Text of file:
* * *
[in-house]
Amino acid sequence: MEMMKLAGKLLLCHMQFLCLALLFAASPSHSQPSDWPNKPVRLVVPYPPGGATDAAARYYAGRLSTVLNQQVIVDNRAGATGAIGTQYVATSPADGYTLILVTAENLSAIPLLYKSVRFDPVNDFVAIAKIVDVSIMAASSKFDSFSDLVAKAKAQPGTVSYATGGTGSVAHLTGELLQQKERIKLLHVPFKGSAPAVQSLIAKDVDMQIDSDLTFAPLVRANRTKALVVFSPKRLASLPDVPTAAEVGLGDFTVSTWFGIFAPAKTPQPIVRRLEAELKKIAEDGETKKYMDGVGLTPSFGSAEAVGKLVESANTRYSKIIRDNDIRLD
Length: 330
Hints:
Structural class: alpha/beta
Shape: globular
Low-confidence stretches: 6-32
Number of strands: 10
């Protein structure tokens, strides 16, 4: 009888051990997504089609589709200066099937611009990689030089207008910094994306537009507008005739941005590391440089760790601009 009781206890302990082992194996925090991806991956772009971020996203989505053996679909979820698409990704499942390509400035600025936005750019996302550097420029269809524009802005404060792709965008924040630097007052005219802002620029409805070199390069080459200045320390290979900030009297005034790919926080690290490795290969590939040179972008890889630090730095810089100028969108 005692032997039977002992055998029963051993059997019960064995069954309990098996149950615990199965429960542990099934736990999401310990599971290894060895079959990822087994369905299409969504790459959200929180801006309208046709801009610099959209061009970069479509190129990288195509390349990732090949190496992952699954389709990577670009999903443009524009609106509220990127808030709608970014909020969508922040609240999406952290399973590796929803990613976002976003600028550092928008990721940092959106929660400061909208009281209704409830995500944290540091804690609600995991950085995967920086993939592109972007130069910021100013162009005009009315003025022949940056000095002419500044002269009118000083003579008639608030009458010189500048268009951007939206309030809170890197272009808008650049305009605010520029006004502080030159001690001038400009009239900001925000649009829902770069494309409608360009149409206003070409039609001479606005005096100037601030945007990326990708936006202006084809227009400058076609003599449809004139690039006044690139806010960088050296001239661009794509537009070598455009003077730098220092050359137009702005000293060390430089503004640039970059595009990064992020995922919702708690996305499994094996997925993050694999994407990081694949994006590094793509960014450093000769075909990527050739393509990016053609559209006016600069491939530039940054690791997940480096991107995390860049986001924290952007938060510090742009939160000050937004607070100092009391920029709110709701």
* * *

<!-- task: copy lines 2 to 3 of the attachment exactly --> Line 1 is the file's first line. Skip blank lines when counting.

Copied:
Amino acid sequence: MEMMKLAGKLLLCHMQFLCLALLFAASPSHSQPSDWPNKPVRLVVPYPPGGATDAAARYYAGRLSTVLNQQVIVDNRAGATGAIGTQYVATSPADGYTLILVTAENLSAIPLLYKSVRFDPVNDFVAIAKIVDVSIMAASSKFDSFSDLVAKAKAQPGTVSYATGGTGSVAHLTGELLQQKERIKLLHVPFKGSAPAVQSLIAKDVDMQIDSDLTFAPLVRANRTKALVVFSPKRLASLPDVPTAAEVGLGDFTVSTWFGIFAPAKTPQPIVRRLEAELKKIAEDGETKKYMDGVGLTPSFGSAEAVGKLVESANTRYSKIIRDNDIRLD
Length: 330